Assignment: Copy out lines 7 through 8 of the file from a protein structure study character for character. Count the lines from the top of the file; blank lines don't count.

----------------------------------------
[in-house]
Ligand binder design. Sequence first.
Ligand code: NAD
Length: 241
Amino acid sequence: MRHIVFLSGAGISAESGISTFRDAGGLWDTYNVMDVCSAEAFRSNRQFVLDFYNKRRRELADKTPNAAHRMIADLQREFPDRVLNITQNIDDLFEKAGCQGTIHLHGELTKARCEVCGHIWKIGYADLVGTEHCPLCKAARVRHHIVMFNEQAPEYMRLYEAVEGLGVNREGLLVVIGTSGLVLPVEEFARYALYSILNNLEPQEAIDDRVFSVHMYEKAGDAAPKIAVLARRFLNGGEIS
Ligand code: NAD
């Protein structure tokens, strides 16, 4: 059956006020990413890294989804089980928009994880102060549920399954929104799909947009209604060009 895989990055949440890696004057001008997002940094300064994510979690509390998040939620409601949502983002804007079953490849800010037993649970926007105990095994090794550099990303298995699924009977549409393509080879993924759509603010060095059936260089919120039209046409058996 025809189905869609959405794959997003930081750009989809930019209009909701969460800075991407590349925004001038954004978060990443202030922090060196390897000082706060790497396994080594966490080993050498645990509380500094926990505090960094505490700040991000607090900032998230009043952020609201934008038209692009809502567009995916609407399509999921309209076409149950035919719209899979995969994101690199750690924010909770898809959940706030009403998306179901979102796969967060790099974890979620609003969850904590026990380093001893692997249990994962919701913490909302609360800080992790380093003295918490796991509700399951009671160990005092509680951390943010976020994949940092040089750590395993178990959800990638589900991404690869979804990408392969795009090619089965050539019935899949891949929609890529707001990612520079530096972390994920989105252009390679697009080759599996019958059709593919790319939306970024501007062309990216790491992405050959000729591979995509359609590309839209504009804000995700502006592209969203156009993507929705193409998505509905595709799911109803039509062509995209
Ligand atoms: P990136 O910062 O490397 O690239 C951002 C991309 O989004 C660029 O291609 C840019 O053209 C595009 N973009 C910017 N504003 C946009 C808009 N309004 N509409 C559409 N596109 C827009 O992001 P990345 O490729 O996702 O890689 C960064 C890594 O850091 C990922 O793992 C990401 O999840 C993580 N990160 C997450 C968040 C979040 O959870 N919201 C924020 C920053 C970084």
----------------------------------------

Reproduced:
């Protein structure tokens, strides 16, 4: 059956006020990413890294989804089980928009994880102060549920399954929104799909947009209604060009 895989990055949440890696004057001008997002940094300064994510979690509390998040939620409601949502983002804007079953490849800010037993649970926007105990095994090794550099990303298995699924009977549409393509080879993924759509603010060095059936260089919120039209046409058996 025809189905869609959405794959997003930081750009989809930019209009909701969460800075991407590349925004001038954004978060990443202030922090060196390897000082706060790497396994080594966490080993050498645990509380500094926990505090960094505490700040991000607090900032998230009043952020609201934008038209692009809502567009995916609407399509999921309209076409149950035919719209899979995969994101690199750690924010909770898809959940706030009403998306179901979102796969967060790099974890979620609003969850904590026990380093001893692997249990994962919701913490909302609360800080992790380093003295918490796991509700399951009671160990005092509680951390943010976020994949940092040089750590395993178990959800990638589900991404690869979804990408392969795009090619089965050539019935899949891949929609890529707001990612520079530096972390994920989105252009390679697009080759599996019958059709593919790319939306970024501007062309990216790491992405050959000729591979995509359609590309839209504009804000995700502006592209969203156009993507929705193409998505509905595709799911109803039509062509995209
Ligand atoms: P990136 O910062 O490397 O690239 C951002 C991309 O989004 C660029 O291609 C840019 O053209 C595009 N973009 C910017 N504003 C946009 C808009 N309004 N509409 C559409 N596109 C827009 O992001 P990345 O490729 O996702 O890689 C960064 C890594 O850091 C990922 O793992 C990401 O999840 C993580 N990160 C997450 C968040 C979040 O959870 N919201 C924020 C920053 C970084």